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As I Was Saying is a forum for a variety of perspectives to foster faith-related conversations among our readers with the goal of mutual learning, even in disagreement. Apart from articles written by editorial staff, these perspectives do not necessarily reflect the views of The Banner.

After a busy “hump day” at work, I hustle off to church with my family for one of the most somber days on the church calendar—Ash Wednesday. As if our never-ending Midwest winter isn’t depressing enough, the church summons us to a mid-week service to remind us of our mortality in 10 words. While I’ve come to appreciate the service and its meaning over the years, I admit there’s a tiny sense of dread that goes along with my appreciation. But that all changed with Ash Wednesday, 2021. 

An Ash Wednesday Tradition

Many churches, Protestant and Catholic alike, observe Ash Wednesday. Although I didn’t grow up with the tradition, I’ve now observed this holy day for many years. Our church has its own practices associated with it. 

We begin with a simple soup supper. Families, couples, and singles line up in the fellowship hall, surveying the crock-pots full of homemade deliciousness. We fill up a bowl (or two), spread butter on our dinner rolls, and grab a handful of grapes or orange slices. From our eldest members to little ones in highchairs, there’s room for everyone around the tables. We chat over dinner about work and life, and we complain about the weather. There are smiles and laughter as we join in this mid-week mini feast.

When the meal is over, we trail out through the double doors to the sanctuary. The mood changes as we enter into that space and hear the solemn notes of the organ. Having satisfied our physical needs of food and drink, we now sense a craving for spiritual nourishment. With pensive songs, prayer, Scripture, and a brief message, we receive the blessing we seek.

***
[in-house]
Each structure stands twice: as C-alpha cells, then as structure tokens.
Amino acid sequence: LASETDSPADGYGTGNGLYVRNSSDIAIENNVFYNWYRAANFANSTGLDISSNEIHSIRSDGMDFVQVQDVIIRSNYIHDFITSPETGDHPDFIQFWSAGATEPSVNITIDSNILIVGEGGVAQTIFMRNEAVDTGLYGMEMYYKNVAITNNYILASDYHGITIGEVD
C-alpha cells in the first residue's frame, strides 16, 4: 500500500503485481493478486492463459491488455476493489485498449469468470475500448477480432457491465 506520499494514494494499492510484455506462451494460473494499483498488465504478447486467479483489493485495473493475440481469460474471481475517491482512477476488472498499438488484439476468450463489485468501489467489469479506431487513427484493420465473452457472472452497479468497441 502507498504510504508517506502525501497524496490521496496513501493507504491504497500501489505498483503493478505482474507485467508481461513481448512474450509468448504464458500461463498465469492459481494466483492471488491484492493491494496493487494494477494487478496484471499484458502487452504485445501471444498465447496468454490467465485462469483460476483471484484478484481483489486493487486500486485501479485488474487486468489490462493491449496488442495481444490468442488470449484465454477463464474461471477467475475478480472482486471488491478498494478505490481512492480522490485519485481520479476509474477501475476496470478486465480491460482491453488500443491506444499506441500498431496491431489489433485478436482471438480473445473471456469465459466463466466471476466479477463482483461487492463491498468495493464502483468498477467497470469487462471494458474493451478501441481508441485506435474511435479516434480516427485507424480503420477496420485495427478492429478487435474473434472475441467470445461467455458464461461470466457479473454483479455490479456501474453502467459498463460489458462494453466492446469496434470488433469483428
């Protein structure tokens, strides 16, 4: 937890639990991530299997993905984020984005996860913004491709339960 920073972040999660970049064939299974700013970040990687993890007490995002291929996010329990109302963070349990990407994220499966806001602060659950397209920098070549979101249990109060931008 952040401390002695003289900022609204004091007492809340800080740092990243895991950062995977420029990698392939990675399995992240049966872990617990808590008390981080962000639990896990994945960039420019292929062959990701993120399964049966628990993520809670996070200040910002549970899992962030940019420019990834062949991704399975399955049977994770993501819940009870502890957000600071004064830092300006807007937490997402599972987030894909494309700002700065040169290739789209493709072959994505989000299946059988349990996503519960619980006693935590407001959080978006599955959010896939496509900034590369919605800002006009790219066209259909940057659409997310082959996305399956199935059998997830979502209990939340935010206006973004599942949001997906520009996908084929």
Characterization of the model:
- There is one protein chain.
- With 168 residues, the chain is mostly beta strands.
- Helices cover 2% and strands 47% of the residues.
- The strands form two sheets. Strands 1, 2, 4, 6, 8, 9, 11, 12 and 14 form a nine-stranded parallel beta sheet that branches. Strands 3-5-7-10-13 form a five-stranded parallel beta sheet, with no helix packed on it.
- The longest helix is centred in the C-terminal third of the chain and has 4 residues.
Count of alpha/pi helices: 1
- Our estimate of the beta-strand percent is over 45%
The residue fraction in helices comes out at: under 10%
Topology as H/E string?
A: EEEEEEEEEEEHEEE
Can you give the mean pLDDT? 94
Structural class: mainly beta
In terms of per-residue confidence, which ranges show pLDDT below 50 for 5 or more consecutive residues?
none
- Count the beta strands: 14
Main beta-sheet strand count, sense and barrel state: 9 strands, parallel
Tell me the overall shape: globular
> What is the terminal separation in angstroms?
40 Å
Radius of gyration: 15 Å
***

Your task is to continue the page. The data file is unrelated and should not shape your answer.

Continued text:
Finally, we walk forward for the imposition of ashes. 

I find it interesting that we use the word “imposition” for this act. When something is imposed on us, it implies we are being forced into a situation we would not necessarily choose. And it’s true. On this Wednesday evening, after a light supper with friends, we’d probably all rather sit down over board games or a cup of coffee.

Instead, ashes are imposed on our foreheads. Our pastor uses her thumb to form the shape of a cross. I hear those familiar 10 words, “Remember you are dust, and to dust you shall return.” It’s a sobering thought. For years I’ve walked away from that service with a reminder of my sins—a black smudge on my face—and of my mortality as those words replayed in my mind. From dust to dust. 

From Dust to Drive-thru

We have been honoring this tradition in the same way in my church for years. That is, until Ash Wednesday, 2021. Pandemics have a way of imposing changes we didn’t ask for or expect. Even things we thought were sacred, like Sunday worship, communion, and Ash Wednesday, take on a whole new vibe.

By that February, we had not seen our church family in person for months. In the summer and early fall, we hauled our bag chairs out to the lawn behind the building for outdoor services, with the warm sun filtering through the vast walnut tree behind the building. But during the winter, as COVID raised its ugly head yet again, we were forced to worship at home, watching church via live stream, Sunday after Sunday. 

As the ground began to thaw during the bleak late winter, there were hopes for an Ash Wednesday “grab-n-go” meal complete with an outdoor service. But with a very blustery forecast, our pastor offered another alternative via an email invitation: “Please come to our Ash Wednesday Drive-Through.” A short liturgy was attached, which we were encouraged to read at home by ourselves or with our families.